Posted: December 20, 2016
Article written by our Associate, Fiona Wilkes
As we turn to the final quarter of the 2016/17 tax year, many buy to let landlords are reviewing their affairs due to the restriction of tax relief on loan interest and finance costs being brought in from 6 April 2017.
Any higher rate tax relief on loan interest and finance costs, such as arrangement fees, will be restricted from 6 April 2017, with the restriction being phased in over 3 tax years.
Ultimately, in 2020/21, all finance costs will be disallowed, with the tax payer receiving a tax reducer equal to 20% of the expense instead, resulting in additional tax liability. This could lead to effective rates up to 67% for a previously 40% taxpayer. A highly geared landlord on a repayment mortgage could find themselves in an overall negative cashflow position.
By disallowing the costs, a previously basic rate taxpayer could find they become a higher rate taxpayer and are therefore affected by the restriction.
The move comes a year after the removal of the wear & tear allowance for furnished buy to lets and the increased stamp duty land tax surcharge of 3% on second properties.
Whilst these earlier two changes affect both individual landlords and companies, the restriction on loan interest does not apply to companies.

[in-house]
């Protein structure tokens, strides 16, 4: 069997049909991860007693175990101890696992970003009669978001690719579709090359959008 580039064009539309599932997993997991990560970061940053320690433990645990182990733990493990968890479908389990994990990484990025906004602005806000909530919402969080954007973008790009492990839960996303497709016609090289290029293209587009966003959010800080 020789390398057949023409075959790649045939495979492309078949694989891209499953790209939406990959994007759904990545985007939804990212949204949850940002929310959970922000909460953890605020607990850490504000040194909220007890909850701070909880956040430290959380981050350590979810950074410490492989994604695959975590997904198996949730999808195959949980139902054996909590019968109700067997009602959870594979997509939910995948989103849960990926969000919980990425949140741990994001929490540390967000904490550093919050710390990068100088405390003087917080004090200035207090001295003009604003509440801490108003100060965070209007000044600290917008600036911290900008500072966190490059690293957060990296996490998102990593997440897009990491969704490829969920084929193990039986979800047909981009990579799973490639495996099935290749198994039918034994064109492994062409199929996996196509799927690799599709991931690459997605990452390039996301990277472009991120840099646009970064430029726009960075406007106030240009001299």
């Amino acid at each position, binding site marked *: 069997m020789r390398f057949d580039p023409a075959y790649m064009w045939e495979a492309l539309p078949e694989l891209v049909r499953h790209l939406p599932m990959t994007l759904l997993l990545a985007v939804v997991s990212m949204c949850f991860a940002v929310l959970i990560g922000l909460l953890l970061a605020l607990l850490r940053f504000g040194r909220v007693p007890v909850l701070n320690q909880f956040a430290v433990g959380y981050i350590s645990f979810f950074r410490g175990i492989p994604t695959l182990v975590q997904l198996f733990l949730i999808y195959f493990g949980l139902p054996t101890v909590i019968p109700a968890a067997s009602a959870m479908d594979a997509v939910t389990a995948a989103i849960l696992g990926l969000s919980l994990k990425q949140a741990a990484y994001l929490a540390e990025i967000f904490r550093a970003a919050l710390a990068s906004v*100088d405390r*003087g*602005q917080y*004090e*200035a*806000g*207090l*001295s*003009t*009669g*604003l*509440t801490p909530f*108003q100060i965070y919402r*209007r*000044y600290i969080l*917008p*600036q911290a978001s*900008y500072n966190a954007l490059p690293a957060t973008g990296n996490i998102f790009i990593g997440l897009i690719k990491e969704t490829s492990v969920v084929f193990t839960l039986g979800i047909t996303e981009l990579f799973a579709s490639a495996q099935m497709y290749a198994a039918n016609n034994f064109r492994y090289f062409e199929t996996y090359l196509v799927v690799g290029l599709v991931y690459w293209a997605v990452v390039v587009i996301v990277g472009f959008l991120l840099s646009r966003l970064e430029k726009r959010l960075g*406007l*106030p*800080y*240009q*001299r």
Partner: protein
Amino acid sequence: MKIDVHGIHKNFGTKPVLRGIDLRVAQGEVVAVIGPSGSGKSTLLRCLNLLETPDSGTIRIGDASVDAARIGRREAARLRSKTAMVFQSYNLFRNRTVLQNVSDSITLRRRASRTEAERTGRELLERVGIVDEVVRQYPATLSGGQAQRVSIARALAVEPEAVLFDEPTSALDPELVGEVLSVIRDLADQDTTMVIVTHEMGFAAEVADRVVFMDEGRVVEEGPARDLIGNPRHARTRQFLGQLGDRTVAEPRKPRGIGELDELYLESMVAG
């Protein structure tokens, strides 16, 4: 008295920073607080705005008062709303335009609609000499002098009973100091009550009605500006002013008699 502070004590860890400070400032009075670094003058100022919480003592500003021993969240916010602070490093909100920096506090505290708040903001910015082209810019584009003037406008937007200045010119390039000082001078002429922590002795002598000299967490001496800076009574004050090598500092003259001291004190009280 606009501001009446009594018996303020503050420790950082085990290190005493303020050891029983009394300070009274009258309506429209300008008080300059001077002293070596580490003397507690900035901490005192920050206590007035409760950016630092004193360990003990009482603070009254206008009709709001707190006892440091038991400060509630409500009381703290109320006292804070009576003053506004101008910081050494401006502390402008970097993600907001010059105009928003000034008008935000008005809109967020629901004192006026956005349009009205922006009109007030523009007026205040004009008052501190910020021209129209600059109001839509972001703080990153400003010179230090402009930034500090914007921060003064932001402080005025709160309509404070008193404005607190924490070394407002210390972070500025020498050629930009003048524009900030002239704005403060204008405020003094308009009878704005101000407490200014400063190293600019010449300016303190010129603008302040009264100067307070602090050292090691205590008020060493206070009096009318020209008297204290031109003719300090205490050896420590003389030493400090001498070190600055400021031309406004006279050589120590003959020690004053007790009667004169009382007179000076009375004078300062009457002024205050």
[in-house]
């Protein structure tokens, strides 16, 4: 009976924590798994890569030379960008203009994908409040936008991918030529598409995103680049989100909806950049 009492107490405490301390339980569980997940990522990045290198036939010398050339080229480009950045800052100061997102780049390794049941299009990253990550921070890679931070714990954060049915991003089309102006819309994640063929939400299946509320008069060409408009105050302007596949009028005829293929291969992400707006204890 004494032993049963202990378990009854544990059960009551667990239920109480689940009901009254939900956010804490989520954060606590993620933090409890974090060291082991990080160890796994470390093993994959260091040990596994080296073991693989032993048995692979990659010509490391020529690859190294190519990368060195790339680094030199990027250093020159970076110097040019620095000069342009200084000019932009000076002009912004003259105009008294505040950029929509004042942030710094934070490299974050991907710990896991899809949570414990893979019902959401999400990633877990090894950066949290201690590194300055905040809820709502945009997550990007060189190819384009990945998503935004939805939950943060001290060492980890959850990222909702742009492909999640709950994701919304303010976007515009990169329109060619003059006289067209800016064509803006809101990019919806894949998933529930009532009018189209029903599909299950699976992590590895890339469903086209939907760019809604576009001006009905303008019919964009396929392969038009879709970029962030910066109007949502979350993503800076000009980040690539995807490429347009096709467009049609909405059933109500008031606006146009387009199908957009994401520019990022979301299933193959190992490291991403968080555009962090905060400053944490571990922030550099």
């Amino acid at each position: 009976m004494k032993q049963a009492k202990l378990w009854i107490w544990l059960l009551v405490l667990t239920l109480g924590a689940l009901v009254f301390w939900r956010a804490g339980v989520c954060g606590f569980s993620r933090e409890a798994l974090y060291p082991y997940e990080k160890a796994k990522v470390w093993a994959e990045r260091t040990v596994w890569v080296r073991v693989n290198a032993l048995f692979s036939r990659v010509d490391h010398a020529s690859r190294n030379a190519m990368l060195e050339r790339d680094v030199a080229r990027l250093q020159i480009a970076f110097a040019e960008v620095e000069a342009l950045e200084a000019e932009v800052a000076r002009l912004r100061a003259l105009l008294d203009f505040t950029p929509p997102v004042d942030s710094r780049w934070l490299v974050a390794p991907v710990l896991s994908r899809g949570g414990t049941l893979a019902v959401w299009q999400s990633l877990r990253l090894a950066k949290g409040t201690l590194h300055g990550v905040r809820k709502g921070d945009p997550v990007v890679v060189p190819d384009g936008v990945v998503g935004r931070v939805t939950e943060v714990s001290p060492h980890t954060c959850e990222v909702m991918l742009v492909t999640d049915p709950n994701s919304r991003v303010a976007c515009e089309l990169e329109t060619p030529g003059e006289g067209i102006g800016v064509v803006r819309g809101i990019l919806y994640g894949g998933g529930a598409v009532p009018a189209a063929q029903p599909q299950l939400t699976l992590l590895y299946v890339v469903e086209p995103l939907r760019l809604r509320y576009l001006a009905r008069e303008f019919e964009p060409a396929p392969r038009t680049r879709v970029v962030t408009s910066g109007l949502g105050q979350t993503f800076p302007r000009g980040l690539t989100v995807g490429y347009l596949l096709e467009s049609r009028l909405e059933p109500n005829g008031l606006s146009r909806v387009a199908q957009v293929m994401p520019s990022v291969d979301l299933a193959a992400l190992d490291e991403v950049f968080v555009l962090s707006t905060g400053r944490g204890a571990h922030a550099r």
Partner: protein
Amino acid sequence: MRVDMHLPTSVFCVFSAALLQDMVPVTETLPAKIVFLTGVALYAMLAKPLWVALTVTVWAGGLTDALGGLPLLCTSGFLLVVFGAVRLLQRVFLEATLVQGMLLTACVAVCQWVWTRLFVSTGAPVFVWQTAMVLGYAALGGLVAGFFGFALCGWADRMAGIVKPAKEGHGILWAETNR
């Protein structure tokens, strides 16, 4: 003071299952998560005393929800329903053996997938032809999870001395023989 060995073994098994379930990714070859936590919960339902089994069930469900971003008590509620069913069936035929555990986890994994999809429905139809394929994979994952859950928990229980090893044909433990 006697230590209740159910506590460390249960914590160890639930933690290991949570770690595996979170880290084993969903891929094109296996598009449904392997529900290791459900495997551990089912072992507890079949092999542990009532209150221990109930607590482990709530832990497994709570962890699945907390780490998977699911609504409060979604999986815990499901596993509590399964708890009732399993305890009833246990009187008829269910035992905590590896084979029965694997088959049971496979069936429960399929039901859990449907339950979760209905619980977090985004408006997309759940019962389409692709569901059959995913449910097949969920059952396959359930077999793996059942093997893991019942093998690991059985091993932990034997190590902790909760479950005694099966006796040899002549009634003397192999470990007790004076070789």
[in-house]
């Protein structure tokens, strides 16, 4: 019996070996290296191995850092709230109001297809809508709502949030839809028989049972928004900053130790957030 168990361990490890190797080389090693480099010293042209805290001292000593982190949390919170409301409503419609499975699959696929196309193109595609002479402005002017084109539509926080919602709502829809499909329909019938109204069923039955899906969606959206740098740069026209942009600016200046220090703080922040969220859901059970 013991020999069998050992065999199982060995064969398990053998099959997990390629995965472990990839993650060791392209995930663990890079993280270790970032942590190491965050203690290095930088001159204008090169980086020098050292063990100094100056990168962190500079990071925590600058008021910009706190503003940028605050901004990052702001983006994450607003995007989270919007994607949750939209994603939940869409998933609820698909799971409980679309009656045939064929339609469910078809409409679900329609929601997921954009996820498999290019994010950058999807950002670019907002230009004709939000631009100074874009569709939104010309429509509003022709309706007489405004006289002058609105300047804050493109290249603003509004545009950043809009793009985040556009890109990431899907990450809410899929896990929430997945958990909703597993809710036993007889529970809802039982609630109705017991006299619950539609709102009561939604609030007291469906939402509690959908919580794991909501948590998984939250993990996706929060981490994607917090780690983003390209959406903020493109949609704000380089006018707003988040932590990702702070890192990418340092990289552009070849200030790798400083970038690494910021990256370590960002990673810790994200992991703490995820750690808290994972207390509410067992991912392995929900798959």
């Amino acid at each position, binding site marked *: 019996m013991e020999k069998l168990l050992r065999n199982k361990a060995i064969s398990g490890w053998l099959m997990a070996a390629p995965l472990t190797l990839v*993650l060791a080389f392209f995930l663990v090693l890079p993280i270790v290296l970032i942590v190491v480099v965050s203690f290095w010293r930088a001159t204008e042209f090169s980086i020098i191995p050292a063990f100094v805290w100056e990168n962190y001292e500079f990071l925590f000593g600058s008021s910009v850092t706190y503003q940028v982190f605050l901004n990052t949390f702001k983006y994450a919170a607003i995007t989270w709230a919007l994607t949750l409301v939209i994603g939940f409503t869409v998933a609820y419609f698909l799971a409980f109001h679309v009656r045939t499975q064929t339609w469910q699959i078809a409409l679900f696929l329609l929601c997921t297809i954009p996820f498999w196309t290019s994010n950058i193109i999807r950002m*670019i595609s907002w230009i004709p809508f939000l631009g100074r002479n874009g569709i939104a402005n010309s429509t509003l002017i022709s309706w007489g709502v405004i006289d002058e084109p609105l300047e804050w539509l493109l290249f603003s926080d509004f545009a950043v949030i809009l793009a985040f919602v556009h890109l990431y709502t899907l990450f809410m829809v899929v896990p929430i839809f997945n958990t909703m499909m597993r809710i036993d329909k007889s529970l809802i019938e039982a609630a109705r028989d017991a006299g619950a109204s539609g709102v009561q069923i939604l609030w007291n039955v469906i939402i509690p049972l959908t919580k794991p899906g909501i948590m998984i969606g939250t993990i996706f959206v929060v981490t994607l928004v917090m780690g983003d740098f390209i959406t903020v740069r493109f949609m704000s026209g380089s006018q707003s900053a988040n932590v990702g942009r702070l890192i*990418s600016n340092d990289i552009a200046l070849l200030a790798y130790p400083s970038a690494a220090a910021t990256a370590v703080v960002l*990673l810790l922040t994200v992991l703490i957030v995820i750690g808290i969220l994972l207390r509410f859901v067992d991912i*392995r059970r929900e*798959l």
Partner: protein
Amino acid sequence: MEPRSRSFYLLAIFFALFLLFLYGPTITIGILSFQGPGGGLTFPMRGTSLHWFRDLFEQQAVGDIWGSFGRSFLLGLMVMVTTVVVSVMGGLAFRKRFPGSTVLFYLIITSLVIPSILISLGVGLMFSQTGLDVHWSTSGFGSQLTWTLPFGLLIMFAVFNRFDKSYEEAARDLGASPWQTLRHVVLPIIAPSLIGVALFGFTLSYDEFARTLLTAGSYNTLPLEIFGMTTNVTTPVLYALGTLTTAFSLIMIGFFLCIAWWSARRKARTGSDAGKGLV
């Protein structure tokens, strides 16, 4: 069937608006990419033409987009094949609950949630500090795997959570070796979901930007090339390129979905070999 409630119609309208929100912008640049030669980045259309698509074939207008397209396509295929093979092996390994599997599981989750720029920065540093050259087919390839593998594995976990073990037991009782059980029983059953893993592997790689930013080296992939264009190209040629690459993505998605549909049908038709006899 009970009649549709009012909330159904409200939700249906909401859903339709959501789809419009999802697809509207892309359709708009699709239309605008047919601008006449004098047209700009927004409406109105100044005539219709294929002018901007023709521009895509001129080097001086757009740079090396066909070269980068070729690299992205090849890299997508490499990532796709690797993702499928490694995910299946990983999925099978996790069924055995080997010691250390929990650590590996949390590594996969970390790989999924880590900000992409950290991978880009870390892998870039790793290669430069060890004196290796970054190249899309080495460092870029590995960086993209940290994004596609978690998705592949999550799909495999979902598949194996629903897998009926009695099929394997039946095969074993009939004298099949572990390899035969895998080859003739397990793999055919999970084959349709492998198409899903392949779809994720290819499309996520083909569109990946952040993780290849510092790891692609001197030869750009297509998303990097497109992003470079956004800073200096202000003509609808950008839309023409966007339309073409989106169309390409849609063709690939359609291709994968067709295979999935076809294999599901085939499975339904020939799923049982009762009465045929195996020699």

This has resulted in a number of taxpayers looking to move their properties into a limited company.
Normally capital gains tax would be due on a transfer of property into a company. This can be mitigated if a taxpayer incorporates a business into a company in exchange for shares, effectively rolling the capital gain into the cost of the shares.
The total assets of the business, other than cash, must be transferred into the company.
Not every buy to let landlord will be running a property business but, where the landlord can show that they undertake significant activities then they may be able to benefit from incorporation relief.
Where equity in the properties exceeds the capital gain to be rolled over, a taxpayer could increase the loan to release funds ahead of incorporation. Where the equity is lower than the capital gain then only part of this gain can be rolled over and a tax charge will be due on incorporation.
Whilst an individual may be able to mitigate capital gains tax on a transfer of properties, as the transfer is to a connected company, stamp duty land tax would be due on the market value. If a landlord is running a property business as part of a partnership then an exemption exists for stamp duty, provided the ownership of the company remains in the same proportion as that of the partnership.
There are many points to consider, from a review of the additional tax liability due in January 2019 to tax planning for incorporation of a business. If you have any questions please contact Burgess Hodgson to discuss this further.